These medications block the body’s ability to make testosterone which is important for prostate cancer survival and spread. In addition, abiraterone is an oral medication that is also considered a hormonal therapy. It blocks the production on androgens or male sex hormones outside of the testes. That includes the adrenal glands and some other tissues such as prostate cancer itself. And abiraterone (Zytiga) is commonly used in advanced prostate cancer management, in addition to androgen deprivation therapy whereas ADT blocks the testes from making testosterone and androgens, abiraterone blocks the production of androgens outside of the testes.
And then finally, oral anti-androgen medications that block the prostate cancers from being able to detect androgens or male hormones and to block the androgen receptors on prostate cancers from sending cellular signals for growth and survival are also very commonly used.
There are older anti-androgen medications like bicalutamide (Casodex), flutamide (Eulexin), lutamide, and there are newer ones, stronger versions, called enzalutamide (Xtandi), apalutamide (Erleada), and darolutamide (Nubeqa). For most patients who present with advanced prostate cancer, I think this is much easier, ADT along with either abiraterone or one of the newer, stronger anti-androgens, is the standard of care for most advanced prostate cancer patients with metastatic disease.
And then, sometimes for patients with higher volume or more aggressive cancers even in the group with metastatic disease, we even add on another treatment, usually chemotherapy, something called docetaxel for what we call triple therapy. And then, maybe that’s a segue to chemotherapy, so docetaxel chemotherapy is a common chemotherapy used for prostate cancer, certainly advanced prostate cancers. Cabazitaxel (Jevtana) is also a common chemotherapy in this situation. These two are related drugs in a family of drugs called taxane chemotherapies and basically they kind of block the trafficking of important components within cancer cells and cause the cancer cell death.
Docetaxel (Taxotere) is the more commonly used one. It’s typically used earlier, before cabazitaxel. And like I said earlier, for certain patients with what we call high volume metastatic prostate cancer, it’s often used in combination with hormonal therapies early on, what we call upfront therapy for six cycles. If a patient doesn’t receive docetaxel up front, docetaxel is commonly used after progression, after the cancer has progressed on ADT and one of the oral hormone medications.
Cabazitaxel is more commonly used after a patient has previously received or progressed on docetaxel. Both drugs have been evaluated in randomized Phase III clinical trials and have shown to provide efficacy for patients with advanced prostate cancers.
In addition to these taxane chemotherapies, platinum chemotherapy, such as carboplatin or cisplatin, are sometimes used for advanced prostate cancers as well, especially for certain neuroendocrine or small cell prostate cancers. These are rarer cancers, but they tend to respond better to platinum-based chemotherapies.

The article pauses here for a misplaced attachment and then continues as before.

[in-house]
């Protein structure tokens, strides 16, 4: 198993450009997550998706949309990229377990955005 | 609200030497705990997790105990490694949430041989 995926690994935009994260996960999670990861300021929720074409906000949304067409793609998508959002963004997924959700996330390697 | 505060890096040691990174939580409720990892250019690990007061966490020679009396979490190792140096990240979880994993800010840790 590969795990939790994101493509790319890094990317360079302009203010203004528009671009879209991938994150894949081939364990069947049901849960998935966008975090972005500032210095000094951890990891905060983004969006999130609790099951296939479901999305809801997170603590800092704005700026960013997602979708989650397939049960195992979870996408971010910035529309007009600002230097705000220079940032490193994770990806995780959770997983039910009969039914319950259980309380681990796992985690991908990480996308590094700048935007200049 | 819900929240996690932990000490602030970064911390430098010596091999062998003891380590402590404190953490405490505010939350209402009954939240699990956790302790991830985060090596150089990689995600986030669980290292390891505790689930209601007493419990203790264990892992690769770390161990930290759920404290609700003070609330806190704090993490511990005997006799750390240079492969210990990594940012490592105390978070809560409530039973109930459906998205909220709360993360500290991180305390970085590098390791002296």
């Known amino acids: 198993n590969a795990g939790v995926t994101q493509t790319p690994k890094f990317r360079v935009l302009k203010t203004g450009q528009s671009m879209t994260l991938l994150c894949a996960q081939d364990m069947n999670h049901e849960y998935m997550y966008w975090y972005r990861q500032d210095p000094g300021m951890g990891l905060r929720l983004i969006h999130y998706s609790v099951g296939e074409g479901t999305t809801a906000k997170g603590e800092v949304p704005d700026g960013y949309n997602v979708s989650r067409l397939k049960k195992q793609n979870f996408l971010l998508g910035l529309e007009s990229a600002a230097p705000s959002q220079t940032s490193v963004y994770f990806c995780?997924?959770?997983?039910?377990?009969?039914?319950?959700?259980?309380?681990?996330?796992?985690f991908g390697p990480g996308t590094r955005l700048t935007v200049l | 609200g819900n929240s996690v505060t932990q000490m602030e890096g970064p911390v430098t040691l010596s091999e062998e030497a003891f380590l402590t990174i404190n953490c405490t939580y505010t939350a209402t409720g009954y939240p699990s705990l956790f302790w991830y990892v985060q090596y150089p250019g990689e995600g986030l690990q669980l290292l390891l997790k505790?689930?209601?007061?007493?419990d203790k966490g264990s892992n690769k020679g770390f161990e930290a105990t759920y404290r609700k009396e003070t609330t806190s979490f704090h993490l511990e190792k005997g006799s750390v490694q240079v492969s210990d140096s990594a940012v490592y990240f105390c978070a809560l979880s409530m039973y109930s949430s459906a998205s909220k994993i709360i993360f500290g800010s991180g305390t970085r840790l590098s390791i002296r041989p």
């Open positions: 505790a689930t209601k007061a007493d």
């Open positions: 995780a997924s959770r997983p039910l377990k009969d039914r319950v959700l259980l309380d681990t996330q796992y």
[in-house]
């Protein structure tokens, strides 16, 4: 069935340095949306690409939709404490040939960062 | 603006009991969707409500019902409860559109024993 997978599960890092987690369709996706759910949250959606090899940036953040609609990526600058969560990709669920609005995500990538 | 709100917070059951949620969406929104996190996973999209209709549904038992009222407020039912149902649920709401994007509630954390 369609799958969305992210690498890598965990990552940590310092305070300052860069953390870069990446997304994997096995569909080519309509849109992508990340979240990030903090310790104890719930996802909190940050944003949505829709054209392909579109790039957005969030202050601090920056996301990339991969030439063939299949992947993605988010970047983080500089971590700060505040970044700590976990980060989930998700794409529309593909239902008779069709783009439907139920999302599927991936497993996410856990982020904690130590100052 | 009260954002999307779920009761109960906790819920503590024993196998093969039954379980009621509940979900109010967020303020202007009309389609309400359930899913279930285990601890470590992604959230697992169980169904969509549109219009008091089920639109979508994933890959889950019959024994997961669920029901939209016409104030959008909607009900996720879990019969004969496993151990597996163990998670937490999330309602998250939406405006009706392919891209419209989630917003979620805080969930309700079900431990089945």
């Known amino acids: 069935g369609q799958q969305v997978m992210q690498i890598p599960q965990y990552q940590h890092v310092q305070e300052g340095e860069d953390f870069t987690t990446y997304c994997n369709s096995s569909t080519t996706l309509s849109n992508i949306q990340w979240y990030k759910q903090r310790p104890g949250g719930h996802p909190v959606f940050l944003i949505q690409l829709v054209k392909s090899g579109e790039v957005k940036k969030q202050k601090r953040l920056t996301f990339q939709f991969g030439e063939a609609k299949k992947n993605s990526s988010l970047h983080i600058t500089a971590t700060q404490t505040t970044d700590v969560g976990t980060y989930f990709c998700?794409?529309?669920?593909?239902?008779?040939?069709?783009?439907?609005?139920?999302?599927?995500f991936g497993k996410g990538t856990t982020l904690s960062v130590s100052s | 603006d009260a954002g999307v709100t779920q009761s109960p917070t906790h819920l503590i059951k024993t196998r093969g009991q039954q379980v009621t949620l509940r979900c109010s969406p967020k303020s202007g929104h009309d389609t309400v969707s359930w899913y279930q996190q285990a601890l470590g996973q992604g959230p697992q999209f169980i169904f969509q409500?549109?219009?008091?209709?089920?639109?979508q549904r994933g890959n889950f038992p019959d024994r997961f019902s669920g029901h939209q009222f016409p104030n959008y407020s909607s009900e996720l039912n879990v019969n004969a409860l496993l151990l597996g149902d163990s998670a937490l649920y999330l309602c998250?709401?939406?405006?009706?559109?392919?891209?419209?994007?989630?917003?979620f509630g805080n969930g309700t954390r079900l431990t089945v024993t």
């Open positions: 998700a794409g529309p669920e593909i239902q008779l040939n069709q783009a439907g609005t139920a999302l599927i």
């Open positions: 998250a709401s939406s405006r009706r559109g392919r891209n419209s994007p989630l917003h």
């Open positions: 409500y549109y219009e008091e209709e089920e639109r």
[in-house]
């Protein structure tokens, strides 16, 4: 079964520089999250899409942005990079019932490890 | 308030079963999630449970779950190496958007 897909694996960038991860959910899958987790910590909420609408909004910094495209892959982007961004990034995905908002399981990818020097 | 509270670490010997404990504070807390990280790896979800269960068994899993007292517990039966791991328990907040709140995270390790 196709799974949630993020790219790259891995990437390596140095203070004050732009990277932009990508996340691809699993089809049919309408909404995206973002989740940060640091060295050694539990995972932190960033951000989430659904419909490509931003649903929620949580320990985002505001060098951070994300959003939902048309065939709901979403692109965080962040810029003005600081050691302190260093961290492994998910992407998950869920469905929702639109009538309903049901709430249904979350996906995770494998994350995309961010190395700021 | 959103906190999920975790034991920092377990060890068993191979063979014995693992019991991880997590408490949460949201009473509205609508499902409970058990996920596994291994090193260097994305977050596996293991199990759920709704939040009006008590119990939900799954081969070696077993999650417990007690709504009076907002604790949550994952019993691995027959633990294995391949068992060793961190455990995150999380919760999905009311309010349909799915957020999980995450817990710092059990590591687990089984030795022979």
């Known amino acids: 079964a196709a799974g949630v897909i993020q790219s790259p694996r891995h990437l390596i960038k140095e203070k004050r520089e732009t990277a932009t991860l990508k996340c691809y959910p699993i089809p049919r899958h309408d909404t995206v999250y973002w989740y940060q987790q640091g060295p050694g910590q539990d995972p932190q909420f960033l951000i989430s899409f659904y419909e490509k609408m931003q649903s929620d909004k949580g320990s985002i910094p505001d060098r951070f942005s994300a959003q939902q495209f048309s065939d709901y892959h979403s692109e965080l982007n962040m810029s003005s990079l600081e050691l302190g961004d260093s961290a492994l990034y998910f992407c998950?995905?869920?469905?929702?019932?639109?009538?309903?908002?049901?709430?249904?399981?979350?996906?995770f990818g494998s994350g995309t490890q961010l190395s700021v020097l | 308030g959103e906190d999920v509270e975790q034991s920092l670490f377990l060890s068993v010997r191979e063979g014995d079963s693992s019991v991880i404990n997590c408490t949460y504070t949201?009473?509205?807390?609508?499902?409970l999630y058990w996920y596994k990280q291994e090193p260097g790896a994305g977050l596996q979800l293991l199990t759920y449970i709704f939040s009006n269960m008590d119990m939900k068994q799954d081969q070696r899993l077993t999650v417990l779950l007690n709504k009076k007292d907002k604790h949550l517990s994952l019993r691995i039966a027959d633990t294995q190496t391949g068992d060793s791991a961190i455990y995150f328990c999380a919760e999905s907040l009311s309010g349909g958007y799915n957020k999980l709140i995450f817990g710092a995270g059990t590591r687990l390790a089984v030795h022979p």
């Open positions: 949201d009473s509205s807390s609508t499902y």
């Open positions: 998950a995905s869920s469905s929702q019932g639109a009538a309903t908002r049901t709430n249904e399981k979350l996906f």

Or for certain what we call aggressive variant prostate cancers, these platinum-based chemotherapies are also used in combination with either one of the taxanes or with another chemotherapy drug called etoposide. In terms of other treatment modalities, I think recently what we call radiotherapeutics or radioligand therapies have gotten a lot of press with the approval of a new medication called lutetium PSMA or 177 lutetium PSMA 617 (Pluvicto).
The brand name for that in the U.S. is Pluvicto and what this is is a drug that’s a small molecule that binds to PSMA, which is a protein highly expressed in close to 90% of prostate cancer, advanced prostate cancers. And the small molecule will home to the cancer and it’s linked to radioactive lutetium and the lutetium will decay in that area and lead to cancer cell death.
So, Pluvicto or lutetium was FDA approved in spring of 2022 based on randomized Phase III trials that show significant efficacy for patients with metastatic castration-resistant prostate cancer who have previously received a second-generation androgen receptor pathway inhibitor, such as abiraterone and enzalutamide, as well as a taxane chemotherapy, like docetaxel or cabazitaxel.
The medication is given intravenously, once every six weeks, for up to six doses, and there are ongoing clinical trials, actually, that are trying to evaluate this medication in earlier settings where patients haven’t gotten prior chemotherapy before. There was a press release from about half a year ago stating that they’re seeing some early encouraging signs of efficacy with this drug, even in patients who had never received chemotherapy before, so it may be a medication that is going to be used more and more so in more patients even earlier in their course of disease.
This actually leads me to my next question which is about research news.